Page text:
Flying In Place: The Faa's Air Control FiascoMark Lewyn
In January, 1982, the U.S. air-traffic control system seemed on the verge of collapse. Not only was it crippled by the dismissal of striking controllers the previous August but the computer system used to guide planes through the air safely was prone to breakdowns. The creaky computers, many of '60s vintage, would not be able to keep up with the anticipated boom in air traffic sparked by deregulation.
So airlines cheered when the Federal Aviation Administration proposed a $32 billion overhaul of the system. It would produce faster, safer trips and even save on fuel. The new, highly automated control network would first be introduced in the Seattle area in 1992 and be in place nationwide by the end of the decade.
But today, the new flight-control system exists mainly in a darkened demonstration room in Gaithersburg, Md. The heart of the project--which includes an array of radar equipment, weather-tracking gear, and new mainframe computers--is the FAA's Advanced Automation System (AAS), to guide airliners across the country. But the AAS is still at least nine years from completion and at $5.1 billion is already $1.5 billion over its original budget and climbing. The FAA and IBM, the prime contractor, both admit that their mistakes are a major reason.
Meanwhile, delays in AAS have held up other parts of the modernization, and the government is spending millions to keep the old system running. But the patches won't hold forever, airlines say. "The airline industry is appalled," says John R. Ryan, a vice-president at the Air Transport Assn., which represents the major airlines. The group's big fear: Without the new system, they'll see unacceptable air-traffic delays.
Now, IBM and the FAA say, the new system won't be completely in place until well after 2000. IBM has transferred four top executives of its Federal Systems Co., the unit managing the work. And acting FAA Administrator Joseph M. Del Balzo, under congressional assault for the muddled project, has begged lawmakers for "one more chance" to get it right.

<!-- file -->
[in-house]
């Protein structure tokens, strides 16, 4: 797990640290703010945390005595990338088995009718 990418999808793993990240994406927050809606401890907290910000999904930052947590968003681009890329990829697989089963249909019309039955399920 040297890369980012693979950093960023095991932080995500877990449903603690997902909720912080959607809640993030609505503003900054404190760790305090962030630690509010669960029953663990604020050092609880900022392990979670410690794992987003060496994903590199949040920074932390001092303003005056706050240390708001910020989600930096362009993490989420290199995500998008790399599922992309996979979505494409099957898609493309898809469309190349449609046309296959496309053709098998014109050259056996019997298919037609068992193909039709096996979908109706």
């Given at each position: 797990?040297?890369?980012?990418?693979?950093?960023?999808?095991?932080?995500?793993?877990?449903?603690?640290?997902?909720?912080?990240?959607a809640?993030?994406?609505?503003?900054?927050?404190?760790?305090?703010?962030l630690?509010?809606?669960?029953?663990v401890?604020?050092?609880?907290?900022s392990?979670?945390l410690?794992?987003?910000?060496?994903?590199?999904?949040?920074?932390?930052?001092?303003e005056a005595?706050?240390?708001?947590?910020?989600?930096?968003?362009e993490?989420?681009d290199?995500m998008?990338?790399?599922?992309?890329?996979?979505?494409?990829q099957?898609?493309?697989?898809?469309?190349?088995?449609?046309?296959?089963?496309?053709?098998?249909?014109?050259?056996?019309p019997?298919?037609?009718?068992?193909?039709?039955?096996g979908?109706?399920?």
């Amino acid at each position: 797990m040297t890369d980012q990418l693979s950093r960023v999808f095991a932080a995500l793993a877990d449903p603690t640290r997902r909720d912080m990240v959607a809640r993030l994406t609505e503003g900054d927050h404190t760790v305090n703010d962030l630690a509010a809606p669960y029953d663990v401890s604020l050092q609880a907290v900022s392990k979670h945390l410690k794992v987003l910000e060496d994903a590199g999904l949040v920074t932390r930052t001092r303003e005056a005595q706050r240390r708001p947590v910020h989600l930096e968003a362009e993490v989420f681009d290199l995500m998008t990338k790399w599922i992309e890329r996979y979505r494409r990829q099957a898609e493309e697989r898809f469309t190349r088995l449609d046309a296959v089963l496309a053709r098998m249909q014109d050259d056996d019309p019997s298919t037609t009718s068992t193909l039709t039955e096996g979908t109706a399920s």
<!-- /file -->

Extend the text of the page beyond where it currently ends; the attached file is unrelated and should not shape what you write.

What went wrong? The trouble began with overly optimistic deadlines, unrealistic budgets, and cumbersome government procurement. Then things deteriorated as hundreds of changes were made and bureaucrats ignored problems until they became gargantuan.
When the FAA first conceived the system, the requirements were clear. To avoid delays and improve safety in increasingly crowded skies, it was essential to replace the flight controllers' antique gear--including some that still used vacuum tubes. The most important change would be replacing the huge, circular green scopes used in the FAA's 22 regional centers. These screens display only crude radar images of each flight.
COLOR-CODED. In the new system, each controller will sit at a console driven by an IBM RS/6000 workstation that will generate color maps of air routes on a 20-by-20-inch Raytheon Co. display. A controller will be able to zoom in on selected parts of the screen to "see" the planes' locations in greater detail. If two jets get too close, their flight numbers turn yellow first, then red, helping the controller spot danger sooner. A controller will be able to track more planes and guide them along the most fuel-efficient routes. Early on, the Transportation Dept. figured that AAS could save the airlines $13.3 billion in fuel costs through 2003.
Even before the IBM design was selected, however, the project hit turbulence. It took the FAA four years just to decide that IBM and Hughes Aircraft Co. would be the final bidders from an original field of half a dozen. After the two finalists spent three years and $500 million of FAA money to develop prototypes, the agency settled on IBM's fixed-price bid of $3.6 billion, even though the General Accounting Office warned that the job couldn't be completed for that amount. And, as almost always happens in such federal contracts, the loser protested, delaying the project's start by several more months. "It took longer to get this contract going than it did to put a man on the moon," says Gerald W. Ebker, chief executive of IBM Federal Systems.
In March, 1989, IBM and the FAA finally got to work. Nearly 2 million lines of computer code would have to be written, and because lives depended on the software, it all had to be perfect. IBM's initial raw material was a four-foot-high stack of specifications. Among the requirements: The system could be down only three seconds a year. And the programs had to be written in the obscure Ada computer language that the Defense Dept. demands for "mission-critical" software.
Even so, many of the details were left to the imagination of FAA and IBM engineers. They spent more than a year refining the specs. It became obvious after a few months into that process that controllers should have more say in the design. So in mid-1990, IBM built the Gaithersburg demonstration center, where controllers could visit and offer suggestions. They bombarded the FAA and IBM with proposed changes. The agency's managers, who focused more on building the best system than on holding down costs and meeting deadlines, dutifully gave the ideas to IBM.